Nashville Predators: Mark Borowiecki Closes the Book on Storied NHL Career

Mark Borowiecki, long-time NHL enforcer and leader in the community announced his retirement from the NHL on Wednesday after 12 seasons, and three of those with the Nashville Predators.

Borowiecki shared his retirement message on his Instagram, including the heartfelt message of his hope to continue to grow the game of hockey even if his playing days are over:

Nashville Predators Lose an Enforcer & Leader for their Locker Room

Known by the nickname of “Boro Cop”, Borowiecki brought the physical force down on his opponents on the ice. While with the Nashville Predators, he racked up 255 hits, 117 blocks and 201 penalty minutes.

Borowiecki is the type of player that every team needs on their roster. Someone who will set the tone, not allow the other team to bully their was to how the game is going to flow, and of course dropping the gloves and getting into some scuffles.

Here’s the last game Borowiecki played in back in October as he dropped the gloves with Philadelphia’s Nicolas Deslauriers. The brawl was over just as quick as it started as Borowiecki quickly takes down Deslauriers, but both show that mutual respect that you love to see:

Borowiecki really made such a larger impact off the ice in both the communities of Ottawa and Nashville. He was highly-respected among all hockey fans and the organizations he represented. He spoke out on social issues and a huge supporter of growing hockey.

Furthermore, Borowiecki was known for mentoring other players going through similar issues that he has dealt with, including concussions.

“Boro’s been around all the time. I said to him yesterday we missed Boro in our lineup – not only his physical presence, but the person that he is. He’s a real mentor to the younger guys.”– David Poile on Borowiecki’s Value to the Predators 

General Manager David Poile, and incoming General Manager Barry Trotz, seem to be leaving the door open for Borowiecki to be active in some sort of role within the organization post-retirement.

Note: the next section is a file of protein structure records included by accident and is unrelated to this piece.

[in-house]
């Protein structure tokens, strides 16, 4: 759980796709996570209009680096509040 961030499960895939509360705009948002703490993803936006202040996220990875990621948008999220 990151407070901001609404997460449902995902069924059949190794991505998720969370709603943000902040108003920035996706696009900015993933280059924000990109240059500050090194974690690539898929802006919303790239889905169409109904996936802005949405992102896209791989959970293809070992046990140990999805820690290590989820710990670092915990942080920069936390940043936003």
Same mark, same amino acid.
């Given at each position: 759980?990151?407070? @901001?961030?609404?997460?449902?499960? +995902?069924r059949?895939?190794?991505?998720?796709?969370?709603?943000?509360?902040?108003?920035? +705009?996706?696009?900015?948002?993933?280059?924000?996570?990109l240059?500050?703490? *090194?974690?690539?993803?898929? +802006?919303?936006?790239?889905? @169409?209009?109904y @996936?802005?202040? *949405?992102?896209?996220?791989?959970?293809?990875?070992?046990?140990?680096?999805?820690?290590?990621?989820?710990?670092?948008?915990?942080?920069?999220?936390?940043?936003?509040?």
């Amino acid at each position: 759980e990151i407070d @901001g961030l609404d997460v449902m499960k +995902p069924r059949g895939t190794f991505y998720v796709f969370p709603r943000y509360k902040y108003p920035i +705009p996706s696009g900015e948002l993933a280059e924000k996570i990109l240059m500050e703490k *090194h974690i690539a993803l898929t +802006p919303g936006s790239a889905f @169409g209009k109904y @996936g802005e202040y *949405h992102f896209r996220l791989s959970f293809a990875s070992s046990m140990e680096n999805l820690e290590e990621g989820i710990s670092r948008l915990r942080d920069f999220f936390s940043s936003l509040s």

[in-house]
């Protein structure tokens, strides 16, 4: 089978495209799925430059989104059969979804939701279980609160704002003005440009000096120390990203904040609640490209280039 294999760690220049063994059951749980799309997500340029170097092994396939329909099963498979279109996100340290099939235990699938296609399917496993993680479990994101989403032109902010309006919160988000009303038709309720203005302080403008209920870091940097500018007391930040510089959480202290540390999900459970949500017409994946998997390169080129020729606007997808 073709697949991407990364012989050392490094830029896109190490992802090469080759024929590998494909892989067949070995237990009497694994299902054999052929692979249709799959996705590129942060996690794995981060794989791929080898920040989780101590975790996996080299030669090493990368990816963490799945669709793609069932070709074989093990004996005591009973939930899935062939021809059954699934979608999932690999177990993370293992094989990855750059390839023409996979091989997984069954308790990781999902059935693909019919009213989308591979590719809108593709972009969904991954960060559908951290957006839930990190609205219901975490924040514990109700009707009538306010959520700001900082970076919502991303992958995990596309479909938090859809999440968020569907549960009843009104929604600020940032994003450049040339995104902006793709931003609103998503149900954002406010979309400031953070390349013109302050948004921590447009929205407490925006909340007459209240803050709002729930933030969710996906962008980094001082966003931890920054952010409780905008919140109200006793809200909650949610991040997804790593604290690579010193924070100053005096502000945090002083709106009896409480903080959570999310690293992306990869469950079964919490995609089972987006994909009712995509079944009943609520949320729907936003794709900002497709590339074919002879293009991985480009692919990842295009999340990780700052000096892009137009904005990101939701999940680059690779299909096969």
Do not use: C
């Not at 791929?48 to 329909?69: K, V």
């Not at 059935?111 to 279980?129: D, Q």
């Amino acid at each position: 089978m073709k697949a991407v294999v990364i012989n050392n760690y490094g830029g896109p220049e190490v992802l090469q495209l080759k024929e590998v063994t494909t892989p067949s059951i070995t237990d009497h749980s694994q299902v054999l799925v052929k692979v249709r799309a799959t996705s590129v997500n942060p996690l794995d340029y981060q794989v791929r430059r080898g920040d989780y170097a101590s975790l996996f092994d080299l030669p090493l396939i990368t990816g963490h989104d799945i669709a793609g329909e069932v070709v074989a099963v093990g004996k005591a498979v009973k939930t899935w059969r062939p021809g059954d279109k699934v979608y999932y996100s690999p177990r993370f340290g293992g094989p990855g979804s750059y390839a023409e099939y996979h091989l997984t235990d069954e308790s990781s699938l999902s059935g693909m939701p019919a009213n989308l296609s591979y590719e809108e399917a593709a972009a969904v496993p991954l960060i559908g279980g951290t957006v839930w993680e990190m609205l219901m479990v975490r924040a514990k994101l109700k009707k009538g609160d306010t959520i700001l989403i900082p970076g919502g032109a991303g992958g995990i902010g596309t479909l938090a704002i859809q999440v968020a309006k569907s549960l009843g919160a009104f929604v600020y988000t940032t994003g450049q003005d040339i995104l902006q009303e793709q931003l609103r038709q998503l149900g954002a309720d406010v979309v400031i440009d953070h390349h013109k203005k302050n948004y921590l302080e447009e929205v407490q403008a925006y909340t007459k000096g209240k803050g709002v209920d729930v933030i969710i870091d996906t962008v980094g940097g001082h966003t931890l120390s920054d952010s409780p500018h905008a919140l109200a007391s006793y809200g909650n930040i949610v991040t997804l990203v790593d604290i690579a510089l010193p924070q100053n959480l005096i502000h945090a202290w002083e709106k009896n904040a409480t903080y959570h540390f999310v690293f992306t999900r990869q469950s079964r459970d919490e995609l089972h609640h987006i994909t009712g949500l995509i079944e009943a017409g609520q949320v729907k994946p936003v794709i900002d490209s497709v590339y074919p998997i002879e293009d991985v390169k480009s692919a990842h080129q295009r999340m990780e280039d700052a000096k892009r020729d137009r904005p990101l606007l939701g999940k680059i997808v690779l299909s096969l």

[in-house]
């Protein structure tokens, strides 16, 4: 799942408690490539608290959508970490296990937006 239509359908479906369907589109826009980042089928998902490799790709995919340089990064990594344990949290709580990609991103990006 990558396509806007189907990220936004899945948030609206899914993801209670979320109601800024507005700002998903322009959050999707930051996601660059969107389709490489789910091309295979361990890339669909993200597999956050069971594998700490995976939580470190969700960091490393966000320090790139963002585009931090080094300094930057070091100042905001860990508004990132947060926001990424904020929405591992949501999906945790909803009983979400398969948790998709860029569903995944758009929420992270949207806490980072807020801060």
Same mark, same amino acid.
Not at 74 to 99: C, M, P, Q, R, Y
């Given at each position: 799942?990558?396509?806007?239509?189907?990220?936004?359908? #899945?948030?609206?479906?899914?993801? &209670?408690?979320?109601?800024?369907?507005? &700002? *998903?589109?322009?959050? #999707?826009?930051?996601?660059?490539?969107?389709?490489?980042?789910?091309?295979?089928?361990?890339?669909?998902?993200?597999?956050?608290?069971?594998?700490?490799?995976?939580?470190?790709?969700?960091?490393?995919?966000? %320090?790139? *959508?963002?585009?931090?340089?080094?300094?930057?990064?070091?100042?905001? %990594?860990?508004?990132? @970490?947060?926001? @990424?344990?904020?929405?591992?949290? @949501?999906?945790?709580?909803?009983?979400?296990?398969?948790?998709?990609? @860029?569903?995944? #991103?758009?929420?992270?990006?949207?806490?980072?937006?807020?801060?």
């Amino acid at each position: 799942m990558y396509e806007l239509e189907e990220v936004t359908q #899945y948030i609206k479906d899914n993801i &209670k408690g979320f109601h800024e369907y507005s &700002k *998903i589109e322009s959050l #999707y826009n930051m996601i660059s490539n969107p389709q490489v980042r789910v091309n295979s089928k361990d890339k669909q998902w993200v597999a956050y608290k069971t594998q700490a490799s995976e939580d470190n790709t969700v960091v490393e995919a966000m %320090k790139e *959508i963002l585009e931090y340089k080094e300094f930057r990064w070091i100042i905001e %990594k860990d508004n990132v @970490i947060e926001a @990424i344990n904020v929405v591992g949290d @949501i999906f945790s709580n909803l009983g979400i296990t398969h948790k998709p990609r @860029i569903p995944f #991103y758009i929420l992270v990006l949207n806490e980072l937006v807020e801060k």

Borowiecki’s teammates here in Nashville truly understood how important having a leader like him in the locker room.

Dante Fabbro told the team’s official website that Borowiecki was looked up to by everyone in the locker room as a “leader, and more importantly, a friend”. 

Borowiecki also championed the “Hockey is For Everyone” campaign and was a major proponent for raising awareness for mental health.

Looking ahead to 2023-24 and how this affects the Predators defensive core, Borowiecki was due to be a UFA this upcoming offseason, and it was going to be difficult to find playing time on a young Nashville defensive core that also has veterans Ryan McDonagh, Roman Josi and Tyson Barrie in the mix.

Fabbro, Alexandre Carrier and Jeremy Lauzon will return as a key pieces on the blueline, to go along with a lot of youngsters battling for playing time and a regular starting role once training camp gets here.

It is worth mentioning that Carrier is an RFA, but I can’t fathom the Predators losing him in negotiations this summer.

Boro was a True Warrior on the Ice

If Borowiecki wanted to continue his NHL playing career, I think there’s still teams out there who would welcome him in a heartbeat on the free agency market. However, this also seems like a perfect time for Borowiecki to start a new chapter in his life, and if he so chooses, it can still be very much involved in the NHL and hopefully with the Nashville Predators organization.

According to, Borowiecki had 68 fights in his NHL career (51 with the Senators, 17 with the Predators). By team, Borowiecki fought the Blue Jackets the most with eight, followed by five against the Flames.

Perhaps his biggest heavyweight fight was his three recorded brawls he had with Calgary Milan Lucic, most recently in April of 2022:

Borowiecki finishes his NHL career with 1,831 career hits, good for 41st on the all-time list. A stat that has been tracked since 2005-06.

What you will notice when looking over the list of the NHL’s biggest hitters since 2005-06, Borowiecki by far has the fewest games played among all of the hits leaders with just 458 career games. He was literally a human wrecking ball out there all the way up to the end.

To play 12 seasons in the NHL in the rugged and physical style that Borowiecki played, it’s pretty incredible and a testament to how much of a warrior this guy is. This won’t be the last we see of him in hockey and I can’t wait to see his next chapter.

Best wishes, Boro Cop.